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High oil prices a challenge for India's economy though macros sound: Morgan Stanley

 India’s economy is facing headwinds due to high oil prices and depreciating rupee, financial services firm Morgan Stanley said in a report released on Tuesday(25 Sep ’18), but added the country’s economic condition was not difficult to handle.

“Real rates are positive, the current account deficit (CAD) is range-bound, the fiscal deficit is controlled and inflation is benign. No doubt there are pressures from rising oil prices and a depreciating currency but given the macro balance sheet, these are not difficult to handle,” said the report titled ‘India Economics and Strategy: This is not 2013’. 

It said that if we exclude oil, then the current account balance remained in surplus. So, the deterioration in terms of trade was being reflected in a wider overall CAD.

“There is pressure from rising oil prices but recent depreciation versus US dollar has brought the rupee to fair value -- from overvalued territory,” the report added. 

Morgan Stanley said that a fall in oil prices could act as a catalyst to come out of the ongoing crisis, among other measures. 

The report said that inter-bank liquidity has been close to neutral with some seasonal tax-related issues currently and expected the Reserve Bank of India to intervene in case of any tightness.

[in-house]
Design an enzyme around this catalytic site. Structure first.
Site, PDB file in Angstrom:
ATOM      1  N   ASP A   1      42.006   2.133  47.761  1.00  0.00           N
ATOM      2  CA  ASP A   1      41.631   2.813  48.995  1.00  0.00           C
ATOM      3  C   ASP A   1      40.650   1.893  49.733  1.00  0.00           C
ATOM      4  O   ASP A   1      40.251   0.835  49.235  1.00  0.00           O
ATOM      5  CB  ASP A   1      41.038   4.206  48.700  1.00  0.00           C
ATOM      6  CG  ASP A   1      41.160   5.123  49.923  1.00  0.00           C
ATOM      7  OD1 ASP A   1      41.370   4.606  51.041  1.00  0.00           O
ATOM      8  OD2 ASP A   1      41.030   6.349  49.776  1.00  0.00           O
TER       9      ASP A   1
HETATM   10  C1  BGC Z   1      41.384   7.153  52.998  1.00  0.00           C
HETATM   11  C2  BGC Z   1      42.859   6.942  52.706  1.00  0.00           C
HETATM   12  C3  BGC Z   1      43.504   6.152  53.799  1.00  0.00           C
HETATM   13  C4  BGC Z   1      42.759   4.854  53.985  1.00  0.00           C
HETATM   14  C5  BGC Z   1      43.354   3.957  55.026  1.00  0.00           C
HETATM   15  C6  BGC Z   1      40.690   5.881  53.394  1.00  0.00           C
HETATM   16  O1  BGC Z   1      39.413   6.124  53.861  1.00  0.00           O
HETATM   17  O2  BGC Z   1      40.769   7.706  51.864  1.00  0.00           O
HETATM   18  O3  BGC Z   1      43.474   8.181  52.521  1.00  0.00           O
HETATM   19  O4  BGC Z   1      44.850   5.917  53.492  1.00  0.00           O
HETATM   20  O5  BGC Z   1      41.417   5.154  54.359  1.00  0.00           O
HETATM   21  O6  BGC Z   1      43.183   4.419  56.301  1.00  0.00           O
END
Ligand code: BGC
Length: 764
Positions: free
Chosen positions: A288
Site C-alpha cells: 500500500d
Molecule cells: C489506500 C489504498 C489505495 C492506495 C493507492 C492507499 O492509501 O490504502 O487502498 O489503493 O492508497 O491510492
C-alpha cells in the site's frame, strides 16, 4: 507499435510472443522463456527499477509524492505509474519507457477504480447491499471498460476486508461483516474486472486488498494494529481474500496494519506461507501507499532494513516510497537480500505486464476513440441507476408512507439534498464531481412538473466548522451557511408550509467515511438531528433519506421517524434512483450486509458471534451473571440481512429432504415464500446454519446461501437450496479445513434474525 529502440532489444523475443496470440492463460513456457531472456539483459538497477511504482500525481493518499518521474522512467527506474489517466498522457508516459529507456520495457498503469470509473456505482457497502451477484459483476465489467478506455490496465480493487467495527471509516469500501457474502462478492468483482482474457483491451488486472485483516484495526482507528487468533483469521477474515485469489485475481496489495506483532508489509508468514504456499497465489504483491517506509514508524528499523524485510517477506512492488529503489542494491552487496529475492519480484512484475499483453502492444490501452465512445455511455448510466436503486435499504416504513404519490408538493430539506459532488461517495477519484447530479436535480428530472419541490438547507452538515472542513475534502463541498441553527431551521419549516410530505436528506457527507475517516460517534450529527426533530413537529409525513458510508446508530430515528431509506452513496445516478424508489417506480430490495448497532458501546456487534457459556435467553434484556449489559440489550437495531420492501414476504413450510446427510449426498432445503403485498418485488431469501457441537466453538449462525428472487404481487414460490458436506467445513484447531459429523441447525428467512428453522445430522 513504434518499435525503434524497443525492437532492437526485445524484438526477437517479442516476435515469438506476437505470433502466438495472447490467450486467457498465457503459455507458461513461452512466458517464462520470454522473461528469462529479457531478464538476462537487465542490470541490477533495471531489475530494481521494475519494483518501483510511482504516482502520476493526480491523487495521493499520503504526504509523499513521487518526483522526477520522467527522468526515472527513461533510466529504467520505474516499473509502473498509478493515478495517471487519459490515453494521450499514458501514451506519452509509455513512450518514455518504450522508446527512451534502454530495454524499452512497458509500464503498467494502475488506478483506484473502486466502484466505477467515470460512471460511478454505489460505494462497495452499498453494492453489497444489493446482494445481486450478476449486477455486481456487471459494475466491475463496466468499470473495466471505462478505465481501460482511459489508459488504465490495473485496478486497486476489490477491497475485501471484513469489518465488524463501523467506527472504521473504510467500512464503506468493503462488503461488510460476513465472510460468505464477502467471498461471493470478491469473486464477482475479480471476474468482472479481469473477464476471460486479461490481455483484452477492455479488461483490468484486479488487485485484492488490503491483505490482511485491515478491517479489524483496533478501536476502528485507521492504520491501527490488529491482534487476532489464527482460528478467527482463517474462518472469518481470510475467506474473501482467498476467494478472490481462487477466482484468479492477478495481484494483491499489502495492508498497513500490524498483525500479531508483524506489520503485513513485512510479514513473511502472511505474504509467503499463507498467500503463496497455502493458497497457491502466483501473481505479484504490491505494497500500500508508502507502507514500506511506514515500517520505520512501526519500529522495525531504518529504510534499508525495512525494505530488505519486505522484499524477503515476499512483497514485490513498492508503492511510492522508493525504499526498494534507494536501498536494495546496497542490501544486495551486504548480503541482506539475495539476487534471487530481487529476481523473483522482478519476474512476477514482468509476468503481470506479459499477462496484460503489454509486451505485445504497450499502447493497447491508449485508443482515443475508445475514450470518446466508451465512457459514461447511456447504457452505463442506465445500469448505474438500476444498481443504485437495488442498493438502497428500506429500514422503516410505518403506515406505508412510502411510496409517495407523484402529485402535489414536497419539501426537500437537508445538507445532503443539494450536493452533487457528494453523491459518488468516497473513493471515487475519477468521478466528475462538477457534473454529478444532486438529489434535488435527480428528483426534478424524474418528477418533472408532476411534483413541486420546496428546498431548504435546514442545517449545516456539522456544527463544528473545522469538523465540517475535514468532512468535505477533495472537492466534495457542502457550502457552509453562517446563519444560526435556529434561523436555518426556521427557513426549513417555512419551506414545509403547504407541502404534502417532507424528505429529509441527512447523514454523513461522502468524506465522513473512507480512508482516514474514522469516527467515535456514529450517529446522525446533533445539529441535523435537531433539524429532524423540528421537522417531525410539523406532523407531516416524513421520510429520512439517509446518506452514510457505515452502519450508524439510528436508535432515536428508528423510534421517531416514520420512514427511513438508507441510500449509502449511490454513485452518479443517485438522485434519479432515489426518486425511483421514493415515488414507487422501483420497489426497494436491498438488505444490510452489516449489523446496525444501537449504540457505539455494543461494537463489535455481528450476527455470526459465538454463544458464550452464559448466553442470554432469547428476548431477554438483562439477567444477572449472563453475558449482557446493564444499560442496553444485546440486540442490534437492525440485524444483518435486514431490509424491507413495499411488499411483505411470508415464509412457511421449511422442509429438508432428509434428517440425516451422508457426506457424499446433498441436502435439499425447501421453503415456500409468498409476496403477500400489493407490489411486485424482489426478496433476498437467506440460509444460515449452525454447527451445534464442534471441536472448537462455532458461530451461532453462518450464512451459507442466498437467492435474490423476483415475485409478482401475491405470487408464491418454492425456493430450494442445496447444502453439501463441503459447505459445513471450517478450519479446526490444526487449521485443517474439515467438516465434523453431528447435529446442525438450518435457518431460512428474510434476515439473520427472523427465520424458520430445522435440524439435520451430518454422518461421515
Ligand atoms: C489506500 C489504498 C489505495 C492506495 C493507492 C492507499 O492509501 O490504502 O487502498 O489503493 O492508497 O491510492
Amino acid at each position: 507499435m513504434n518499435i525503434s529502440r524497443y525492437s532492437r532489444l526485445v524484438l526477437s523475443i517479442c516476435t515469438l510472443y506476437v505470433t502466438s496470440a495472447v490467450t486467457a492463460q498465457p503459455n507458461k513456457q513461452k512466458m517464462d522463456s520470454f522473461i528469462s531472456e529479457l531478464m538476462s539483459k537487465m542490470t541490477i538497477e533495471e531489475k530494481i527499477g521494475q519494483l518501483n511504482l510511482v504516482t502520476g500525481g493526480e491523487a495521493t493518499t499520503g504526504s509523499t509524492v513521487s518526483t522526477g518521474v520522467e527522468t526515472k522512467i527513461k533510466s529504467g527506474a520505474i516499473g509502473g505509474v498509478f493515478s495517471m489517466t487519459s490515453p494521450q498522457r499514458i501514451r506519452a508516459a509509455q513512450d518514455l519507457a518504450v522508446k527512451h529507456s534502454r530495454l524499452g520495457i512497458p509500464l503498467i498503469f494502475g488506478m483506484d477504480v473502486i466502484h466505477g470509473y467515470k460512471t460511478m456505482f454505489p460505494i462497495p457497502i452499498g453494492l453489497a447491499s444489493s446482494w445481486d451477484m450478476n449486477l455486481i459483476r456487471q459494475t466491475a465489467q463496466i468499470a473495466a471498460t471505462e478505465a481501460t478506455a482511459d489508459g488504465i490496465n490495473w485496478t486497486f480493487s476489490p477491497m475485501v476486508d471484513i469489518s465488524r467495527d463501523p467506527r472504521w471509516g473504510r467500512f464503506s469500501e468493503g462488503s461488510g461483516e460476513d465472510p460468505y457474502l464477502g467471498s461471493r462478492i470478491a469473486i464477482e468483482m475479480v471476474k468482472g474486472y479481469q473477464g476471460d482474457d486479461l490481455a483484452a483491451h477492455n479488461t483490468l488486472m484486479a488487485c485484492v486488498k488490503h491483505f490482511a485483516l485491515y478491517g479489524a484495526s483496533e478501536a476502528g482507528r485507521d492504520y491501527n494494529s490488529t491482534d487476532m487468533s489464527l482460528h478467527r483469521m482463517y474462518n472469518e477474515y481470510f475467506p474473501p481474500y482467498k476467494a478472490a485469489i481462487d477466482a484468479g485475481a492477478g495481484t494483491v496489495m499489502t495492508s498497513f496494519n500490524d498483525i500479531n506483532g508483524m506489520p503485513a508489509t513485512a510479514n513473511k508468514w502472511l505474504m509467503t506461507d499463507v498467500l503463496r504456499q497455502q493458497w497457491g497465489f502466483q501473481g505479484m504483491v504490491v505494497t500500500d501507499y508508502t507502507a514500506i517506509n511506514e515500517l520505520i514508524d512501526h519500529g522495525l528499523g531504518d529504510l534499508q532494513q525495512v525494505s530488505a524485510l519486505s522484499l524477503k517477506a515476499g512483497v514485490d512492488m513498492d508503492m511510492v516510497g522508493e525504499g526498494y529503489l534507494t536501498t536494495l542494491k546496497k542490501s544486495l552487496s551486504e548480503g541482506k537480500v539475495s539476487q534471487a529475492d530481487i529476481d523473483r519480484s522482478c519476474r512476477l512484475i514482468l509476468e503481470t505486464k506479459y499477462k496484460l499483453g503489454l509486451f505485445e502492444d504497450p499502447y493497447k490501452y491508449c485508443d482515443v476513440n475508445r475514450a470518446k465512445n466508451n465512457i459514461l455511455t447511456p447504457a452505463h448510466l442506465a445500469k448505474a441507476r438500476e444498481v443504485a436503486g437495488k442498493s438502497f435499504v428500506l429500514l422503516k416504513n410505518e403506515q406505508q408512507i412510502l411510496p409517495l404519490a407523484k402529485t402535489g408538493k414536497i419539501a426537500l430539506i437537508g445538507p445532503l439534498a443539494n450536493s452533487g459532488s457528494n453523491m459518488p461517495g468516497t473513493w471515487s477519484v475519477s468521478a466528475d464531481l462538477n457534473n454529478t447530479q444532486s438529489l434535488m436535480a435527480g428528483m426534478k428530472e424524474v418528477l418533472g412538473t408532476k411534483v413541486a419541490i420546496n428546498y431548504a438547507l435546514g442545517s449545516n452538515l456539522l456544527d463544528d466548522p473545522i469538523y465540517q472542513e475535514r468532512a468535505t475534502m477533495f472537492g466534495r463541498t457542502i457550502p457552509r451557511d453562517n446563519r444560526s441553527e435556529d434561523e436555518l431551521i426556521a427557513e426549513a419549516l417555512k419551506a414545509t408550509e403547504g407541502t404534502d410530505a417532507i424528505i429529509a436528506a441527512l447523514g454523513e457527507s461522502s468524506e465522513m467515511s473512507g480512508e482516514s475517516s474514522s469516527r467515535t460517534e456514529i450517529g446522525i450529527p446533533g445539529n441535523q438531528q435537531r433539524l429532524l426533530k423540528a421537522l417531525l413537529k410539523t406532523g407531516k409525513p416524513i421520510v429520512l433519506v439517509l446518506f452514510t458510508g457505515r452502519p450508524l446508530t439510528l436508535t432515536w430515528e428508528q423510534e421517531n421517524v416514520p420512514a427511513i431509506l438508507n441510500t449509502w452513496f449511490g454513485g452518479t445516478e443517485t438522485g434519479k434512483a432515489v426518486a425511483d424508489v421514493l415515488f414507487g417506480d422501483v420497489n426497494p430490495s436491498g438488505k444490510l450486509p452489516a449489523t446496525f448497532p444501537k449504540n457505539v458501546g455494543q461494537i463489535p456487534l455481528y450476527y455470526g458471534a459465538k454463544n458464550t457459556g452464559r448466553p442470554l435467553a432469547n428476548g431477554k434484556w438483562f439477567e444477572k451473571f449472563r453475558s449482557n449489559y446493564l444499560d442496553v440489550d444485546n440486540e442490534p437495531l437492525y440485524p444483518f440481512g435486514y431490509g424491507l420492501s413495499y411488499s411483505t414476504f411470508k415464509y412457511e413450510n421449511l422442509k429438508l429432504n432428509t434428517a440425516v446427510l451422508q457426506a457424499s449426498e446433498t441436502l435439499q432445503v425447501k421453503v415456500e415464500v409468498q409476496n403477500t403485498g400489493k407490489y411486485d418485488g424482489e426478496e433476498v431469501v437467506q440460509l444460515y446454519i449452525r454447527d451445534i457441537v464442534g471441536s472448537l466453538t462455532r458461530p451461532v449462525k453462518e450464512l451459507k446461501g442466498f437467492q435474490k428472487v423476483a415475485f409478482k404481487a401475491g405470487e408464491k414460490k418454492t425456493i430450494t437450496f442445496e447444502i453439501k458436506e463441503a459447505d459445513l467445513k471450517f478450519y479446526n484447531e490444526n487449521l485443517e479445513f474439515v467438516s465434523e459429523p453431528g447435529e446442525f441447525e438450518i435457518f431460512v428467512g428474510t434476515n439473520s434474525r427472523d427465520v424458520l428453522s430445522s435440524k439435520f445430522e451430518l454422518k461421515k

Government borrowing in first half of FY 2018-2019, it said, had been lower than the historical average and a likely tempered second half of FY 2018-2019 borrowing programme would check 10-year yield from rising significantly from current levels. 

According to the report the growth remained strong. It said, “The upcoming earnings season could show further acceleration in revenue and earnings growth. The currency depreciation will add to the mix.” 

Forex reserves were tracking at $ 400.5 billion, which indicated that the ability to counter external shocks was significantly better than in 2013, it said. 

Regarding rates, the report said that the spreads rose to the top end of the range. Thus, profits for non-banking finance companies could be under strain in the coming quarters. 

The report said that mutual funds had stepped up their buying in September, either because retail flows improved or because funds were drawing down cash. 

“Indeed, the slowdown in non-systematic flows is not unique to recent months,” it added. 

Mentioning about the fixed income flows, the report said, “Liquid funds have seen a big surge in flows in recent weeks, which we think is money that is waiting to be deployed into either duration or equities. Either way, this is bullish for stocks. Indeed, the redemption in duration has been happening since first quarter of 2018.” 

Market timing indicator was at the low end of its five-year range, which could be a buying opportunity in stocks. “Our breadth indicator has not yet reached strong buy territory – but it is getting there,” it said.

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